Interview with Shashank Koirala, leader of the NC and son of former Prime Minister BP Koirala, BBC Nepali, 19 July
BBC: Whose philosophy – BP Koirala or GP Koirala – is more pertinent in the current political scenario?
Shashank Koirala: I still stand by BP Koirala’s beliefs. He agreed with the king as far as nationalism was concerned, but held a very different view on democracy. Nepal abolished the 240-year-old monarchy in 2008, but look at the state of the country in the past 10 years. We had a chance to set things right before the 2006 uprising by bringing the Maoists to table. If Girija Prasad Koirala had taken a firm step, Nepal would have been in a better position. If we don’t mend our ways soon, it is going to be very unfortunate.
How can we put the country back on track?
BP always spoke about nationalism and nation building, but nobody seems to be bothered about these values any more. He used say that the king would protect Nepal’s nationalism because it is in his interests. But now people only talk about dividing the country along ethnic lines. If CA elections don’t take place in November, it will push the country further into anarchy. Our biggest priorities should be nation building and writing the constitution.
Do you mean Nepal should follow BP’s blueprint to correct past mistakes?
We certainly need to correct our mistakes, but that doesn’t necessarily mean reinstating the monarchy. It’s for the people to decide whether or not they want to revive the monarchy. If 30 million Nepalis say they want the king, monarchy will return. Also of late the NC’s image has been sinking, we need to restore our standing in the public.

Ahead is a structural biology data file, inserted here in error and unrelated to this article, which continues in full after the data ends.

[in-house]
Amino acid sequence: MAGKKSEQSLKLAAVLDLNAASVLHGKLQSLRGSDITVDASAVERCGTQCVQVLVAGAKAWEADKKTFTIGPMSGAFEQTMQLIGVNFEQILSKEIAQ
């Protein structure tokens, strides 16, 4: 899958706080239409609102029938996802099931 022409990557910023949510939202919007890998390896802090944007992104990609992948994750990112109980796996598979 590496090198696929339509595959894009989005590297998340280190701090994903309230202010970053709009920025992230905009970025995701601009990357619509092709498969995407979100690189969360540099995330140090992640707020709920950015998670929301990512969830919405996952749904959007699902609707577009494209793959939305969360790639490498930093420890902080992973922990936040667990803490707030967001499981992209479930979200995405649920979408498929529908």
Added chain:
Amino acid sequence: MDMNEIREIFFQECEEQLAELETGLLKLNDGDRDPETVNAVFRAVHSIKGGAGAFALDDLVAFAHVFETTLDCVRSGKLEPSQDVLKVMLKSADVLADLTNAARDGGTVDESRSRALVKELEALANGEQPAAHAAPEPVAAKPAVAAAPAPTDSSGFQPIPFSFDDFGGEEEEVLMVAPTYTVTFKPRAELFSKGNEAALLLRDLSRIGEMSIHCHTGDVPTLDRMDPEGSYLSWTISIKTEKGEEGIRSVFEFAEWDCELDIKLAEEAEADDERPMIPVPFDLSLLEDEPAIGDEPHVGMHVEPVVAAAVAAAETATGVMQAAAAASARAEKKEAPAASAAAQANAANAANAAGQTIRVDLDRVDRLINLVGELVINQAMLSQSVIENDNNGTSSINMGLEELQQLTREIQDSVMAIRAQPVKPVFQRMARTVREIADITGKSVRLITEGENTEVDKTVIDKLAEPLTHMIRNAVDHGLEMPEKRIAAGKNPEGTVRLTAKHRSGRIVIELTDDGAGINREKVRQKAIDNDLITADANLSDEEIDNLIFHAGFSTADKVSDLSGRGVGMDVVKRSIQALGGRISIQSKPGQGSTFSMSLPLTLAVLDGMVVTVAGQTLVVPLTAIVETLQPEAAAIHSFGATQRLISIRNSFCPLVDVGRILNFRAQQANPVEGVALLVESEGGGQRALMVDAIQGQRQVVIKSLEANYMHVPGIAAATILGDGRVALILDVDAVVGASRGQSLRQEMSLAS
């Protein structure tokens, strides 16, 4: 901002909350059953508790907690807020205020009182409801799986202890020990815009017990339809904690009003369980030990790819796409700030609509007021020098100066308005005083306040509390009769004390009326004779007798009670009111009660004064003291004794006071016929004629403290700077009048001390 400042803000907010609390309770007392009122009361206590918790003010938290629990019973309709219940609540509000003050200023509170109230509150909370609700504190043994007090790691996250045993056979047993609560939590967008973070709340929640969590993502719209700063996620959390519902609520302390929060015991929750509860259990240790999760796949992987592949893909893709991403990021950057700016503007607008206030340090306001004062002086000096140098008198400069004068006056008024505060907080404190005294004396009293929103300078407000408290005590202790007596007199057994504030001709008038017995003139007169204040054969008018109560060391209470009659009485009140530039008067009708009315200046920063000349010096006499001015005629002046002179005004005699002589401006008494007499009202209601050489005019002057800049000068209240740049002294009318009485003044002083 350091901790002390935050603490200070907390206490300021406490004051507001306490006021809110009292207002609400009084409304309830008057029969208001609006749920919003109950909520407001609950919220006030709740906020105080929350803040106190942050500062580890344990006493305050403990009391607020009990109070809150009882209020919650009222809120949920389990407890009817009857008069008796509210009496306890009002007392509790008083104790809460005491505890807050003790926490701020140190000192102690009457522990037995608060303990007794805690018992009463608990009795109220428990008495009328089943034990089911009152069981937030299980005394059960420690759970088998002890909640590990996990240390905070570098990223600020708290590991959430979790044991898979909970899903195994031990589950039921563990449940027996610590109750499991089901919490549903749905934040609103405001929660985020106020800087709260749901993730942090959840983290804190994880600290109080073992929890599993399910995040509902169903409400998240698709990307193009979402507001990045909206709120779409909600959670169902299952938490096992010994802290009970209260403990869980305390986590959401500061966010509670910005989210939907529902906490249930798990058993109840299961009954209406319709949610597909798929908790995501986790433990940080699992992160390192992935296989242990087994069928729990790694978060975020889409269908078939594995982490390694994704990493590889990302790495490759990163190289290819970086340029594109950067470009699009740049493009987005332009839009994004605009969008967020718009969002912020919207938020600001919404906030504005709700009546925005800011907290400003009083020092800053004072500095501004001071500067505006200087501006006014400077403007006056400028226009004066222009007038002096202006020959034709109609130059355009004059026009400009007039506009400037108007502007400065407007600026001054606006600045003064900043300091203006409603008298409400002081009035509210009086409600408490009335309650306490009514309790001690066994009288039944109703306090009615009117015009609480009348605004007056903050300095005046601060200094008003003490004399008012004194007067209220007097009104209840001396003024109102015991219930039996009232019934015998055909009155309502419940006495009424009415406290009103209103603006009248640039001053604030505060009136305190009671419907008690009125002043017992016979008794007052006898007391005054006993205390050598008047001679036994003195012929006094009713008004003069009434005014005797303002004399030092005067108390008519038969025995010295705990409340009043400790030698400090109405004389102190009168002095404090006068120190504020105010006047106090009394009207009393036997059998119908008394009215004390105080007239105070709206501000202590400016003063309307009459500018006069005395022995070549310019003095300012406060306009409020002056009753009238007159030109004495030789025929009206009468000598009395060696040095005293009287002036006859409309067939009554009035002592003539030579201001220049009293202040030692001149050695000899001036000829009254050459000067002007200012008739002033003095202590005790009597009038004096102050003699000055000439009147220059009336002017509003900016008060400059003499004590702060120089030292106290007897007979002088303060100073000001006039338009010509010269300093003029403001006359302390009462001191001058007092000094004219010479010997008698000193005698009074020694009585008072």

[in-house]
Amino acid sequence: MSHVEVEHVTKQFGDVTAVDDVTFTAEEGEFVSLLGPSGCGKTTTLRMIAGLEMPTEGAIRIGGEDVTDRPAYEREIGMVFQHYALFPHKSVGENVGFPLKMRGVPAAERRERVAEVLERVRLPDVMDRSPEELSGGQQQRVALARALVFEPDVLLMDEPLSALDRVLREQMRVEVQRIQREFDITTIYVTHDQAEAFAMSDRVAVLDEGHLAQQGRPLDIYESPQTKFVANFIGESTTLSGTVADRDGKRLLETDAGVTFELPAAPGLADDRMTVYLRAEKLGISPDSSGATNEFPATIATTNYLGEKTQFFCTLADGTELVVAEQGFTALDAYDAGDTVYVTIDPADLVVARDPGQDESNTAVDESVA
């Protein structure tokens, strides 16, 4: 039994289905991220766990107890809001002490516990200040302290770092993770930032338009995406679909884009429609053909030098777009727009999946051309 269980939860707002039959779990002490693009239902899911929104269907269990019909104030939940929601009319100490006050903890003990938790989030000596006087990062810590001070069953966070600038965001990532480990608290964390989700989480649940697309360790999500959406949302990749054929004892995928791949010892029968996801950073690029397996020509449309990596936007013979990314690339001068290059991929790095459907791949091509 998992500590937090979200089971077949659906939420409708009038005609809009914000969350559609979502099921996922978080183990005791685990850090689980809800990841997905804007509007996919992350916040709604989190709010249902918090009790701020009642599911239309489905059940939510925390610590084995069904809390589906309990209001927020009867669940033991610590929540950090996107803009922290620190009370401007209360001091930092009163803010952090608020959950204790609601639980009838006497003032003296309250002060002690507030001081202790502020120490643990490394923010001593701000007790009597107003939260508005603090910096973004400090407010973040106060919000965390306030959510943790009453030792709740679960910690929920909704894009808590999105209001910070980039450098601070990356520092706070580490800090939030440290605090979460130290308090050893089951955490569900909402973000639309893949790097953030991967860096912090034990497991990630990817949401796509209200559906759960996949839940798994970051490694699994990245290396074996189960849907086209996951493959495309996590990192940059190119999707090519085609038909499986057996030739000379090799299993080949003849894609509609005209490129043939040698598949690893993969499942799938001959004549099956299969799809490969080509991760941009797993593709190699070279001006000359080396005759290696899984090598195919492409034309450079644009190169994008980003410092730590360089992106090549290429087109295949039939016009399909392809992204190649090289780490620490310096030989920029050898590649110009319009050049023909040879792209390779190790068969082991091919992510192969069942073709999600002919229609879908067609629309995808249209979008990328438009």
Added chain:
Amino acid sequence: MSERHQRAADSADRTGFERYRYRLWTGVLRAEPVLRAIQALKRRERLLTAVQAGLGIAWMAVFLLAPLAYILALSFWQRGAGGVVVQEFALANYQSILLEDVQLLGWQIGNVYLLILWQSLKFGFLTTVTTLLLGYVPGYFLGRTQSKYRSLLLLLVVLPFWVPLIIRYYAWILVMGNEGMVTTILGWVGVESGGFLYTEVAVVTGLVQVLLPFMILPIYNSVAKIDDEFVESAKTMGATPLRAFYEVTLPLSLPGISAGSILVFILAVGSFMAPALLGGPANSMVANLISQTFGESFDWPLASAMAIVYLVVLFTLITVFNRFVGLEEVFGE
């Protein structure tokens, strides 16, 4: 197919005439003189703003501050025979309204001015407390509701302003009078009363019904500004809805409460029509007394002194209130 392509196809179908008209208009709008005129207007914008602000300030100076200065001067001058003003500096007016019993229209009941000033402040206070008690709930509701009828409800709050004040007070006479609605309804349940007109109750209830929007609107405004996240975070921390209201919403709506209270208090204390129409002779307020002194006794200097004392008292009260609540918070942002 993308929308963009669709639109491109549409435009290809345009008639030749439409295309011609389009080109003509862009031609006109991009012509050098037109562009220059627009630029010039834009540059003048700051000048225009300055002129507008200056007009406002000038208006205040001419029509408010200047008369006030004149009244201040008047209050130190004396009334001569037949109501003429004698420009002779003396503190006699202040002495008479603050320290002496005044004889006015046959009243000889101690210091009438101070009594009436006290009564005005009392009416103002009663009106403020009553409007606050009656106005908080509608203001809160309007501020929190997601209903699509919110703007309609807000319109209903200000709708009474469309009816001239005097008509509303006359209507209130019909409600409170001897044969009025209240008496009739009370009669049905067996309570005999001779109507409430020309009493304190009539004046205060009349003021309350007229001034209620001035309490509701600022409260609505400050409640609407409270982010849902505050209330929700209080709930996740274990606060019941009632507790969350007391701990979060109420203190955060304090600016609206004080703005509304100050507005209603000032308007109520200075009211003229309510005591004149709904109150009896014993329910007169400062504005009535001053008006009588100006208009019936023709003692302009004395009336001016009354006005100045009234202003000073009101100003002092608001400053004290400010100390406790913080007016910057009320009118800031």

After the 2006 uprising, the NC fully backed the Maoists and followed its agenda. What is the party’s position now on issues of federalism, secularism, and republicanism?
The NC believes in multi-party democracy and an independent judiciary. People shuold be free to chose their religion and must not be forced to convert through enticement. As far as federalism is concerned BP always supported decentralisation with the ultimate aim of creating a federal state. But federalism is not a magic wand that will solve all of Nepal’s problems.
However, abolishing the monarchy and becoming a republic were big mistakes. In 2006 when people came out on the streets to protest, there was not a single leader of BP’s stature who could bring the situation under control. Views on secularism and federalism were shared by most parties, but declaring the country a republic was solely a Maoist agenda. The idea of abolishing the monarchy came out from the Maoist camp.
You don’t agree with the NC’s current policies, what are your recommendations?
We need to first focus on preventing Nepal from breaking apart. The parties need to agree on holding CA elections as soon as possible to give people a constitution within the next two to four years. Local elections also need to take place. Like BP said we need to think of the country first.
Listen to the full interview